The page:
This is an extended episode to discuss one of the World’s most favorite animals, the Emperor Penguin. Famous for their incredible charisma and featured in many movies, Emperor Penguins survive in the harshest environment on Earth. Listen to learn more about just how they not only survive but thrive. Yet, due to climate change, the Emperor Penguin could be extinct in less than 100 years.
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Emperor Penguin Description
There are an estimated 17 to 20 penguin species. The Emperor Penguin (Aptenodytes forsteri) is the largest. They also out of all birds, are the deepest diving with recorded dives of just over 500 meters. This species inhabits Antarctica and survives the harshest winters of any known bird species.
Penguin evolution fascinates scientists and dates back nearly 100 million years. The first documented penguin lived approximately 60 million years ago along the New Zealand coast. A species known as “Penguin A” is the first closest relative to today’s Emperor Penguin and lived about 40 million years ago.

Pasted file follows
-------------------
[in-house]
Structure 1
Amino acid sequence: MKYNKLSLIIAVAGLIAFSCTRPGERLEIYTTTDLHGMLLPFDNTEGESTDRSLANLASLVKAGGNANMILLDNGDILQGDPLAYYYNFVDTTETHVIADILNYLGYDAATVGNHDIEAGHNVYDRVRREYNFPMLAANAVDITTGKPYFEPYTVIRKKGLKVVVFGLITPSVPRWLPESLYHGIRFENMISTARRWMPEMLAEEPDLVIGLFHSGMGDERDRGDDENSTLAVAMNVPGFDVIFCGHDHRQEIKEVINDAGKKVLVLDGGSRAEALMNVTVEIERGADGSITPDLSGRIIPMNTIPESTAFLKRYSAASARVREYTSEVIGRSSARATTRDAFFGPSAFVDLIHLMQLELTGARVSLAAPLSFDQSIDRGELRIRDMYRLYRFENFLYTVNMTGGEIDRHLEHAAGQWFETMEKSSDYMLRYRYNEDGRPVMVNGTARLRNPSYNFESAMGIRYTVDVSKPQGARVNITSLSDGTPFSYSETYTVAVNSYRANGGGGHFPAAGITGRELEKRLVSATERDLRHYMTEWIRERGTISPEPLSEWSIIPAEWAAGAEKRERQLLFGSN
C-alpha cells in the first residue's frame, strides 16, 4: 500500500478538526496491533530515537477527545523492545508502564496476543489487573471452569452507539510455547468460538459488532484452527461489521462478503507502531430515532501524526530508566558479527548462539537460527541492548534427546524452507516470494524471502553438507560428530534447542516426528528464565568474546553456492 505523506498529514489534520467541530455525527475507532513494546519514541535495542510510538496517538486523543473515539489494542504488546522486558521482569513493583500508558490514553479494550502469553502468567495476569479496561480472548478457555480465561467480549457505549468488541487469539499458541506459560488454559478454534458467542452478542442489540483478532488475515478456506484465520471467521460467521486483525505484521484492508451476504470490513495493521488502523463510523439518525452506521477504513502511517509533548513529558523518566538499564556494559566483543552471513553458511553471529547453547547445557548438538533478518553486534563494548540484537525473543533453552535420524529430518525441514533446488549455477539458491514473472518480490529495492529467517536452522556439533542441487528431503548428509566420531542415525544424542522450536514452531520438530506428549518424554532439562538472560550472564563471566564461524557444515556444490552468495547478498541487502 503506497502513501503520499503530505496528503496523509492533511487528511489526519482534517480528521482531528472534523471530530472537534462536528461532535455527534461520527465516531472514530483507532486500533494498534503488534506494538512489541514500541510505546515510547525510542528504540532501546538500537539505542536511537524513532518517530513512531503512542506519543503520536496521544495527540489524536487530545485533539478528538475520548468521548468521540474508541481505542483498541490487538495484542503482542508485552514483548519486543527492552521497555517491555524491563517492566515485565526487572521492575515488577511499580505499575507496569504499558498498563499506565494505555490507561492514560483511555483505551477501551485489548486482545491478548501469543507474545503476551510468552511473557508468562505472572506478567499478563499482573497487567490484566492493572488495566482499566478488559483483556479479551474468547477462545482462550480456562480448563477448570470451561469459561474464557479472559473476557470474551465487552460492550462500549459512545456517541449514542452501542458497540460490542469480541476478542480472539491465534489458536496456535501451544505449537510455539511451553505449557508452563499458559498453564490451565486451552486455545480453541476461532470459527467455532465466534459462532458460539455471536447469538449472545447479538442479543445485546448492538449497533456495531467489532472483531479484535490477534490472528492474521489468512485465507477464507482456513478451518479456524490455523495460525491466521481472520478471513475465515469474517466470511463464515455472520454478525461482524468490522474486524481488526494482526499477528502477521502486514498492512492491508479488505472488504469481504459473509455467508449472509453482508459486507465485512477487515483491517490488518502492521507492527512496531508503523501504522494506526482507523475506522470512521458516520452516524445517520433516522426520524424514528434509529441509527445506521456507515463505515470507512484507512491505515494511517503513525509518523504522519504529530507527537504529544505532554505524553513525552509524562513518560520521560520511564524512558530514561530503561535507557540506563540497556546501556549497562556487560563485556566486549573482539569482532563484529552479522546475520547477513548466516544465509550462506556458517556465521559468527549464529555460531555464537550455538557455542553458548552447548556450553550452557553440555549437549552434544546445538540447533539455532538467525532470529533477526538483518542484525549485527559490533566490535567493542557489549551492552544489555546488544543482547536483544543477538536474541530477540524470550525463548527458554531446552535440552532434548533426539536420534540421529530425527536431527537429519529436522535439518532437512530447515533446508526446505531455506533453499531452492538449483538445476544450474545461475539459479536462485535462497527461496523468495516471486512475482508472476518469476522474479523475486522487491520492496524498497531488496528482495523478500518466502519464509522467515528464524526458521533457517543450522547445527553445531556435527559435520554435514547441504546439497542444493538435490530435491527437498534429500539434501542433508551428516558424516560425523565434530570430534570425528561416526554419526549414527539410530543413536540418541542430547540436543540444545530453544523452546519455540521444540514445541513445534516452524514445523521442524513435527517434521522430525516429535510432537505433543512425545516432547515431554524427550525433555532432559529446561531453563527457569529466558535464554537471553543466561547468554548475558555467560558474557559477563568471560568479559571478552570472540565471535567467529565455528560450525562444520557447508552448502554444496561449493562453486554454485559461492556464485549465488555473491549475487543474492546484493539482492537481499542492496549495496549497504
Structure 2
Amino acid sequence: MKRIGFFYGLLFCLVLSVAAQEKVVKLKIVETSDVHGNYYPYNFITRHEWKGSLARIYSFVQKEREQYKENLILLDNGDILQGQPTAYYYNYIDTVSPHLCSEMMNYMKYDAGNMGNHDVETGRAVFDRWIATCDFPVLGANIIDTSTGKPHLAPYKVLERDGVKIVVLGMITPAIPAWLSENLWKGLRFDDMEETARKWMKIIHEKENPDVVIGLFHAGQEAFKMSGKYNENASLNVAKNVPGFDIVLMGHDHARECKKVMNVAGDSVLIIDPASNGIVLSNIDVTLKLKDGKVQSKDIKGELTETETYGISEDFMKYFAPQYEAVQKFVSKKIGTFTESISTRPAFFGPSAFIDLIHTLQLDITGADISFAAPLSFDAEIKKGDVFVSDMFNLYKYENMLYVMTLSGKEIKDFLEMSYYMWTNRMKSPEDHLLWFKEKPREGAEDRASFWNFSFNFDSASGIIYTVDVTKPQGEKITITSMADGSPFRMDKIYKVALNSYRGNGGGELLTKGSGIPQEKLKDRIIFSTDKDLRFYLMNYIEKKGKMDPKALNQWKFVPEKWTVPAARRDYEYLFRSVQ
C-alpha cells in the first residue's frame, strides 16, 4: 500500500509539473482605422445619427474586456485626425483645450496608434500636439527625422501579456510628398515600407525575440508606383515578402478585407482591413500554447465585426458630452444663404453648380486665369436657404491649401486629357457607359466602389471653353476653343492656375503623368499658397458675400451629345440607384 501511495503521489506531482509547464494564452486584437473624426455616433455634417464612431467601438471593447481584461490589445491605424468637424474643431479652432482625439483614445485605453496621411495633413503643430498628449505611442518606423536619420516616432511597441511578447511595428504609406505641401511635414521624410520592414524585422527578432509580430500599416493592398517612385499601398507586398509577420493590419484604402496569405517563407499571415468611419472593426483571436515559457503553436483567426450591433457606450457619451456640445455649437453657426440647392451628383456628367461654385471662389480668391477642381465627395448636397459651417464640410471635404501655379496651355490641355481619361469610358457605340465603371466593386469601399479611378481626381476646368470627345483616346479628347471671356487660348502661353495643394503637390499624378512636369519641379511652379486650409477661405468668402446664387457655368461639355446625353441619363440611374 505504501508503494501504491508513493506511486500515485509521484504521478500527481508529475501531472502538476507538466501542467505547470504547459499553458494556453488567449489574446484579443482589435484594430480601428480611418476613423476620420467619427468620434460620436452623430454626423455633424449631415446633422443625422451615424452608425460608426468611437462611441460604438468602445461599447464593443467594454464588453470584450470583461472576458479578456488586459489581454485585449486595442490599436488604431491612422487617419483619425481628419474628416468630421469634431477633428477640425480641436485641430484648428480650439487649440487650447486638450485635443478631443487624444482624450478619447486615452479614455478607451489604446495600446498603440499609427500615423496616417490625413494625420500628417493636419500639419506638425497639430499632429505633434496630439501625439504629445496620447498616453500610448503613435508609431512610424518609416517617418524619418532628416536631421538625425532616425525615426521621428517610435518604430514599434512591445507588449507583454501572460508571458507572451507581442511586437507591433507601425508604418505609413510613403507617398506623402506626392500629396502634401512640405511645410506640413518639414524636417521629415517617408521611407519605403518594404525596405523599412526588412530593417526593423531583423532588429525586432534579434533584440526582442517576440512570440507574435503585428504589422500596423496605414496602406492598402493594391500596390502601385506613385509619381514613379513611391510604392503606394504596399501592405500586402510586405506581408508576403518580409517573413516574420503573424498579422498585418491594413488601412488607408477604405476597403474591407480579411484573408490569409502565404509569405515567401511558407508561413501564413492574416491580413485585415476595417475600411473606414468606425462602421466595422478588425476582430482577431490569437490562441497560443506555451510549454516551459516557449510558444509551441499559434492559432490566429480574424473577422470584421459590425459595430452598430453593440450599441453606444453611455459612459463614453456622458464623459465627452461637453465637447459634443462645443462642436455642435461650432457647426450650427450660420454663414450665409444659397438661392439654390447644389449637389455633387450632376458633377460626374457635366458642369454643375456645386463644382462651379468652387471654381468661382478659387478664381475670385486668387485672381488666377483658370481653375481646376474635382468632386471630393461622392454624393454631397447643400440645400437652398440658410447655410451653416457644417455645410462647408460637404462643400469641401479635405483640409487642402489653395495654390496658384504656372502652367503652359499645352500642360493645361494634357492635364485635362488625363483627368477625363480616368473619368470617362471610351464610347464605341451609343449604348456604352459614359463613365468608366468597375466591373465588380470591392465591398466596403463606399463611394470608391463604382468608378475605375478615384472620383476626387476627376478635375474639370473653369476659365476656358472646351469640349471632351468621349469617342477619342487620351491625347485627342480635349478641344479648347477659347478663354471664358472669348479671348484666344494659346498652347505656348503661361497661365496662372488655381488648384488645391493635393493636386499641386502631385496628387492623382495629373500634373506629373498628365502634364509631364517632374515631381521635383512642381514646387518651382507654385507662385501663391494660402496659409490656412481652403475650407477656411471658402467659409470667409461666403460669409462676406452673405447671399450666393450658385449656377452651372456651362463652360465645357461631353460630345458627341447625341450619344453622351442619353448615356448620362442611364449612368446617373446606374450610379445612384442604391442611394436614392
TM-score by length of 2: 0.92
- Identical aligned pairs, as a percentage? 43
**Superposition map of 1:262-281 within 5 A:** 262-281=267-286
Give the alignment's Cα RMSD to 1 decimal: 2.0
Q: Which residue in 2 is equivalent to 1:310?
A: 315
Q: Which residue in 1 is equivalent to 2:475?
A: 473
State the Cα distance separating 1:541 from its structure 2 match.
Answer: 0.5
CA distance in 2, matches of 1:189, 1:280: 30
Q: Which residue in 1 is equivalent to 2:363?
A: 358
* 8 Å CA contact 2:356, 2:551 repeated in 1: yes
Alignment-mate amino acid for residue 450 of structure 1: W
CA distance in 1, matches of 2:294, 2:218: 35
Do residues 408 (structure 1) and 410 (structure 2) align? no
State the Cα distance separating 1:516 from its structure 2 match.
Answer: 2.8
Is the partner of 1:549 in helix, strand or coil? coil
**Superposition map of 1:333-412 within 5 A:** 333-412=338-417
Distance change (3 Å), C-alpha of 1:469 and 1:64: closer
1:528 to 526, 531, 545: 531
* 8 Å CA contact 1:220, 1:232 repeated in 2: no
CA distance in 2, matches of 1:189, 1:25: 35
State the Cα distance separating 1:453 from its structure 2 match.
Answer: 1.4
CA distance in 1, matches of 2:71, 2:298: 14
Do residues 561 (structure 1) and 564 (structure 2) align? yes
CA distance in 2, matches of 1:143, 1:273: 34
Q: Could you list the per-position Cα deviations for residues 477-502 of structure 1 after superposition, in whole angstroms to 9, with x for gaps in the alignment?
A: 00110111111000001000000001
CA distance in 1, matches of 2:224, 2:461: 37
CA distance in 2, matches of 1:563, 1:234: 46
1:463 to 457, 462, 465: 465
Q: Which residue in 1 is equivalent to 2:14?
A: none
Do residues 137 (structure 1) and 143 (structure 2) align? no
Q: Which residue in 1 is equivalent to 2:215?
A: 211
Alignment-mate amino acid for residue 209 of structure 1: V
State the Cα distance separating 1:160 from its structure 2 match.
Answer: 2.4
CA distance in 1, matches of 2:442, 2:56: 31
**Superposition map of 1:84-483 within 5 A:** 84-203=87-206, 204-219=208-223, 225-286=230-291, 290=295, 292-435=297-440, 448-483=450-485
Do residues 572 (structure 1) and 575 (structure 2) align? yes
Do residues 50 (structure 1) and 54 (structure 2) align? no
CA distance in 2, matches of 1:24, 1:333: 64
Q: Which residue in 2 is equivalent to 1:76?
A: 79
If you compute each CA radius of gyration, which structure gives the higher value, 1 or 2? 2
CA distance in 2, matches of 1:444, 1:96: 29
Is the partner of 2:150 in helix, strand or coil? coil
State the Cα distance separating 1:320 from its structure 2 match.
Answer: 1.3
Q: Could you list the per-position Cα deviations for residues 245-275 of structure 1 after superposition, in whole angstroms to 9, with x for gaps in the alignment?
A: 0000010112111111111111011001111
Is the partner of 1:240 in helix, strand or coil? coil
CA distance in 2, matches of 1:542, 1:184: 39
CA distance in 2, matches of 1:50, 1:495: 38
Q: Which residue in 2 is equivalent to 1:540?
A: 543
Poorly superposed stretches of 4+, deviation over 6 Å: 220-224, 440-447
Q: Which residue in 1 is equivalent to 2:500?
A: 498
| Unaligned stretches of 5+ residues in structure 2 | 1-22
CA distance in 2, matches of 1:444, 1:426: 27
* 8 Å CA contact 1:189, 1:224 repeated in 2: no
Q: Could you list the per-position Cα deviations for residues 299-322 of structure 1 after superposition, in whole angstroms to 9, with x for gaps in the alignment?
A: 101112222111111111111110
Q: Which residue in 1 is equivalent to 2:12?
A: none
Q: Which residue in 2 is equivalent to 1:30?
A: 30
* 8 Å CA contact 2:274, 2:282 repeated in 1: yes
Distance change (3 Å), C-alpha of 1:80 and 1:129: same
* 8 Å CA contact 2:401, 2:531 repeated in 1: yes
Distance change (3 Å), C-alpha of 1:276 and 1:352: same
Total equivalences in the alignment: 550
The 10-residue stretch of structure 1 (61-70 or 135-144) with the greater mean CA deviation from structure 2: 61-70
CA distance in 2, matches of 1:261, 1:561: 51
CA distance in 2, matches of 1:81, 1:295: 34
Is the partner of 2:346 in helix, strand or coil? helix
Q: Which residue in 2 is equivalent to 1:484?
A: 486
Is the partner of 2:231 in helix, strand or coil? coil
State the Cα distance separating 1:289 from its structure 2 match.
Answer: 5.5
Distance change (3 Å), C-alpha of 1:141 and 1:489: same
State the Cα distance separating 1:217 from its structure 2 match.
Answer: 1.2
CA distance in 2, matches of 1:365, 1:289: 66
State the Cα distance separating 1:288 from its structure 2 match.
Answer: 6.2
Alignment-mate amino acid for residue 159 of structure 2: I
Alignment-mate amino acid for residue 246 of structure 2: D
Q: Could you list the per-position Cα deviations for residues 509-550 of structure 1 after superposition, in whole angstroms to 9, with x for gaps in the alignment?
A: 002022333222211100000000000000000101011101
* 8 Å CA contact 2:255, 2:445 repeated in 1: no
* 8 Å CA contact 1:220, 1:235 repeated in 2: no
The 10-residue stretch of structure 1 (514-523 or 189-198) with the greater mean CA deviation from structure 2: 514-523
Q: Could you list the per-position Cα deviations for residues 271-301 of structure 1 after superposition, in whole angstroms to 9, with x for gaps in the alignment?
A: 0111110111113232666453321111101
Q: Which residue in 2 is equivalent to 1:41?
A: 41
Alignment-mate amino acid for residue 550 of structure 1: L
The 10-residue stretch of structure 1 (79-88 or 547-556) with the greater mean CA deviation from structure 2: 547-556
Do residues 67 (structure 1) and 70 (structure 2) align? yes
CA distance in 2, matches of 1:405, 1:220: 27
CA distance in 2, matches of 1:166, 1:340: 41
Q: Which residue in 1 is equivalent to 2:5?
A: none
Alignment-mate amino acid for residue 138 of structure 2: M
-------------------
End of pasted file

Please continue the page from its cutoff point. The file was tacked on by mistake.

Emperor Penguin Facts
Over millions of years Emperor Penguins evolved to survive in the harsh Antarctic biome.
- Live up to 20 years in the wild
- Can dive up to 500 meters and stay under for 20 minutes
- Can swim up to 9 mph (15 kph)
- Waddle on land up to 1.5 mph (2.5 kph)
- Can walk inland up to 150 km to nesting sites
- Feed on fish, crustaceans and cephalopods
- Can be preyed upon by Leopard Seals, Orcas, Sea Lions and some other birds
- Fathers stay to hatch eggs but then trade off with mothers to go back and eat, then to feed the young, co-parenting
- Complex feathering to survive cold
- Incredible communication to identify mates and young
Half of the World’s penguins are threatened with extinction. The Emperor Penguin is classified as near threatened with an estimated 600,000 birds in the wild. However, recent catastrophic loss of sea ice is pushing them towards extinction. Some estimates have Emperor Penguins being extinct in the next 100 years. A recent report documented the loss of an entire colony of penguin chicks due to the early breaking up of a critical ice shelf in the Halley Bay.
Climate change threatens many species, to include many penguin species. We all need to accept, understand, and strategize on how to combat climate change. The first step is understanding your own carbon imprint. You can evaluate your carbon imprint HERE.
You can also help by planting trees. They are critical in removing carbon from the atmosphere. HERE is a website you can use to evaluate which tree to plant, or check with your country on which native species to plant.
Organizations to Support
Please go HERE to check out NASA apps on climate change